This is what she told us after riding it for about a thousand kilometres: “If I didn't recognised a few distinguishing features of my bike, I'd think that my Z750 had been replaced with another and the license plate had been switched to make it look like mine. It's incredible, I never dreamed of an improvement like this, I no longer have an obsolete system."


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Nobody makes them like Brembo. We're referring to braking systems designed for bikes, which are the result of decades of experimentation in the laboratory and at the most important races in the world. ​​



Nicole then gave specific details: “I'm impressed with the power and the response of the system.

The lever seemed spongy before. Even the modularity has grown significantly and now each variation in the force on the lever corresponds to a proportional variation in the braking power.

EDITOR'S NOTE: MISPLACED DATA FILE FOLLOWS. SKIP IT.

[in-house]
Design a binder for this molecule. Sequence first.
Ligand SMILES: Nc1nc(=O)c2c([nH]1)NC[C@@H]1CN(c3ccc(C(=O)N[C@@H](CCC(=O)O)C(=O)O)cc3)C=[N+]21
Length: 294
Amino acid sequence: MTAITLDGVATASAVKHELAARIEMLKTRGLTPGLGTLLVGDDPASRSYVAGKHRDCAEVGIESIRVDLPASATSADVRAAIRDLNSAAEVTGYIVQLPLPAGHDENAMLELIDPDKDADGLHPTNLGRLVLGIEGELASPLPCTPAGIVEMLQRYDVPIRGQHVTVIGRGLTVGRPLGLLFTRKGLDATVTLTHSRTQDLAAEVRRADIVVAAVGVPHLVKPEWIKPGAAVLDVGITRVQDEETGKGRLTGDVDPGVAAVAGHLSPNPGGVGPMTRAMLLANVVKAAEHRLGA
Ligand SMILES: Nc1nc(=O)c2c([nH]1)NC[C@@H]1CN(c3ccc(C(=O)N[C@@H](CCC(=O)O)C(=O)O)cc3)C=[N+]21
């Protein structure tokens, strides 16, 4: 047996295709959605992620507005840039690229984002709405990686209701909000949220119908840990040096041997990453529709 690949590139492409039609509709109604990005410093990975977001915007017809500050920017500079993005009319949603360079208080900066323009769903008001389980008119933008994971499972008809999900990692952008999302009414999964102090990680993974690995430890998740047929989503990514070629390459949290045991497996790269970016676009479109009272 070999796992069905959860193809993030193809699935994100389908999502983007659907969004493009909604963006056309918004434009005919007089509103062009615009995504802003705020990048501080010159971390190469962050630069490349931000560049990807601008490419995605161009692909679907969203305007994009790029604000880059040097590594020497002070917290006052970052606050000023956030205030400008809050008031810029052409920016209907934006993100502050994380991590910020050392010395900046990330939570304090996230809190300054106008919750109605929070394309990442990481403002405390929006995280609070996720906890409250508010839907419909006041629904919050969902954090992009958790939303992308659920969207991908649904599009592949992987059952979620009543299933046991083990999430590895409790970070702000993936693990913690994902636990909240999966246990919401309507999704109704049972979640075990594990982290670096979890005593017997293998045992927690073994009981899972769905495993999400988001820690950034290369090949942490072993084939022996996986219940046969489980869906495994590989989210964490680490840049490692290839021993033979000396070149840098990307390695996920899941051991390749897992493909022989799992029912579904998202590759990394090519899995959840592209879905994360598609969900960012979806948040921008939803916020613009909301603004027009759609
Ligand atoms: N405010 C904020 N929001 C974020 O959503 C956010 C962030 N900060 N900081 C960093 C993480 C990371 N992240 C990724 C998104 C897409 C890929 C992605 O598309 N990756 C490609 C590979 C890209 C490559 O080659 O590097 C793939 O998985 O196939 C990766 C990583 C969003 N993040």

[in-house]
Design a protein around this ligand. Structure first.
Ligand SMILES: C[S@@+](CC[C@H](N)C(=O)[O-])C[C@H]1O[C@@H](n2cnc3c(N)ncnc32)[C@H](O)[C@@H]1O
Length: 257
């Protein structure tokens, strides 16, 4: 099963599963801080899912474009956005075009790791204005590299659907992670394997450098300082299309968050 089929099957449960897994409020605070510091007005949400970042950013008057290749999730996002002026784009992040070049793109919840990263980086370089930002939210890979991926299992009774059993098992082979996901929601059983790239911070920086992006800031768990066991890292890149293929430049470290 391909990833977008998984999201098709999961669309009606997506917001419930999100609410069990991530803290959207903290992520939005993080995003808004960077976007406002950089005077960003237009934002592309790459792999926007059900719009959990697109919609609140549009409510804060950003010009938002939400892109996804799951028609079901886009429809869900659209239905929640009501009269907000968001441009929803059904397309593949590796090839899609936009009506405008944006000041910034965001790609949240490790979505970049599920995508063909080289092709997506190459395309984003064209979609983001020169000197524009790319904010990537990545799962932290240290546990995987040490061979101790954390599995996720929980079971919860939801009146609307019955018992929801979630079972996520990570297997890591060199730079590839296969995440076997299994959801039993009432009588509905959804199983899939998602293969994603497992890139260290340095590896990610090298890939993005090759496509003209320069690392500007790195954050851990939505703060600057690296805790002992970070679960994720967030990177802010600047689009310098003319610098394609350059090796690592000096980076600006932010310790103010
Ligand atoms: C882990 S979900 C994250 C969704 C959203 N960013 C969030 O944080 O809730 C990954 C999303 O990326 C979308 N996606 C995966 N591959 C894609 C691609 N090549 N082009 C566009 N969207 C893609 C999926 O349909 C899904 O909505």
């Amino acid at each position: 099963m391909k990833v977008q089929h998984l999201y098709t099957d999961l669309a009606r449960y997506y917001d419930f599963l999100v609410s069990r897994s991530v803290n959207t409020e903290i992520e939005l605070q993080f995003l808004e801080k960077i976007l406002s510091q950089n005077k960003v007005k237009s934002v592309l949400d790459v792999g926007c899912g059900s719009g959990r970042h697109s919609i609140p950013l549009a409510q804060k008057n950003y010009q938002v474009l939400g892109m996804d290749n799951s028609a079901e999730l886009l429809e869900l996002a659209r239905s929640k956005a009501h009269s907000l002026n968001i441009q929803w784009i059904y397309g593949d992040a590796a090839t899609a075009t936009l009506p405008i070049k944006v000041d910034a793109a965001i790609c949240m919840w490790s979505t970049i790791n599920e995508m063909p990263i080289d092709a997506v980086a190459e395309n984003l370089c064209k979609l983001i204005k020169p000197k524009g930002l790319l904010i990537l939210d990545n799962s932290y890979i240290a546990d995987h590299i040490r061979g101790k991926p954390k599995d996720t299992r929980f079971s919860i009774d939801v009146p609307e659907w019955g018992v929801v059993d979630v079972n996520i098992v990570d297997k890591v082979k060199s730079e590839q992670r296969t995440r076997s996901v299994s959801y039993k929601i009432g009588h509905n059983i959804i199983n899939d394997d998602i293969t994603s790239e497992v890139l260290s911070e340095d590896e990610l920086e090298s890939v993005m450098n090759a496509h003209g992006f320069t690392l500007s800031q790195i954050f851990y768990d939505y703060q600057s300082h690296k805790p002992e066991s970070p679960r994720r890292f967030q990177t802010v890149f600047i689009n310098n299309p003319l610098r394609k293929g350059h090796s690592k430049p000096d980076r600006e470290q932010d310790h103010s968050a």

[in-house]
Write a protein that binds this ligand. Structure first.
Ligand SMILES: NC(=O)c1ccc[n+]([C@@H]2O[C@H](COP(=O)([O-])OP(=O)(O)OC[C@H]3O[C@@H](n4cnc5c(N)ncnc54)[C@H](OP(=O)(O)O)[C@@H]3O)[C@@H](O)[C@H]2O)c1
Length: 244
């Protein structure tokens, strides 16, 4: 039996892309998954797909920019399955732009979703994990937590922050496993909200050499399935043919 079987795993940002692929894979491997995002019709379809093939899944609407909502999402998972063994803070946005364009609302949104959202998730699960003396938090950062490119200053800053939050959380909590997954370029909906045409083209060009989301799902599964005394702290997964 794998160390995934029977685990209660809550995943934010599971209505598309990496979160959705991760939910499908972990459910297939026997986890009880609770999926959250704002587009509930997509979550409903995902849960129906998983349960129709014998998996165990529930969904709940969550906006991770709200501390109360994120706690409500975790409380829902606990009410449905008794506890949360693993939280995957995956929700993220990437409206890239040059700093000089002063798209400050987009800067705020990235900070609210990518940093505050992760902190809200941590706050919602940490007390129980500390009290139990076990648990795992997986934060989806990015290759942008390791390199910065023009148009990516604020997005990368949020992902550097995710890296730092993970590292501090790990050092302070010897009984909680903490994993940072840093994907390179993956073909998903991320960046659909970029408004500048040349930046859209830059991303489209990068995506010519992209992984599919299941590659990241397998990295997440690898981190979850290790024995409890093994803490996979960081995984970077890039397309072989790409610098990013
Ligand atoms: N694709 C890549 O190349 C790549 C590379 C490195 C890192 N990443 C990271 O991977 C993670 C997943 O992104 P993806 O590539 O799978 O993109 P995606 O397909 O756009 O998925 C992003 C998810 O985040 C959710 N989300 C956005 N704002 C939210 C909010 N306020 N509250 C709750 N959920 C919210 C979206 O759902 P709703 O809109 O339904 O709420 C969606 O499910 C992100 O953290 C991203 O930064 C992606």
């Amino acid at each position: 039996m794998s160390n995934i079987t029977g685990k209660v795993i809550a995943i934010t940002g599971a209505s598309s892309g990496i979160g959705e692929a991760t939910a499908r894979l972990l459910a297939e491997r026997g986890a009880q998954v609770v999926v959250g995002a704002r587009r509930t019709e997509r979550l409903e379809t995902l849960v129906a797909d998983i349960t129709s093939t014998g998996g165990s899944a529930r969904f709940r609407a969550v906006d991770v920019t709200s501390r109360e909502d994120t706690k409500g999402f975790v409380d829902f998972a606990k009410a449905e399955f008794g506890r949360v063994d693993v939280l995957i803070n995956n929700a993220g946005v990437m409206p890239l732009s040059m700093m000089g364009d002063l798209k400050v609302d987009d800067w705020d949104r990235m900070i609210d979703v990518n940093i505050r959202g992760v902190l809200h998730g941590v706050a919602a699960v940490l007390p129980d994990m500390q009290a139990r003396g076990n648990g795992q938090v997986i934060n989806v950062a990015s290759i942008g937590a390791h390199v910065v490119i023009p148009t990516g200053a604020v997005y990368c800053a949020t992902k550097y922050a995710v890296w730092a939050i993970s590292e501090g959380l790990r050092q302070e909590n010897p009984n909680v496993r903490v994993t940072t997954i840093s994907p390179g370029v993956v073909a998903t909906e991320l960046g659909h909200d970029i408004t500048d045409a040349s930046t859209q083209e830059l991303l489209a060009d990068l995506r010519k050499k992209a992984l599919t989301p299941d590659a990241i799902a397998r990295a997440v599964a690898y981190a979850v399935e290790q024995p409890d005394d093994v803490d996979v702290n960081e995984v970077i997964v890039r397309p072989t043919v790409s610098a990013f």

With the old master cylinder, the response of the braking system didn't change with increased force when turn in had begun."

Spending relatively little, Nicole not only revived her braking system, but she also improved its performance under any braking condition.

Similar interventions are possible on other models, regardless of engine size or manufacturer.

Nicole is by no means the only one to have restored her braking system, bringing it back to its original splendour.


Many others have decided to improve the performance of their brakes even when their bikes were equipped with quality components that worked perfectly. Some replaced the discs, other substituted the calipers and still others changed the master cylinder.

Some removed the entire original braking system to make space for a higher performing Brembo system. If you belong to one of these categories and you have time, whether or not you pertain to the fairer sex, tell us about how you modified the brakes on your motorcycle with Brembo products.

Don't scrimp on the details and attach photo if possible, sending everything to . The most interesting and compelling stories will be published on the Brembo website. You could be the next Brembo Ambassador. Yes, you can brake again.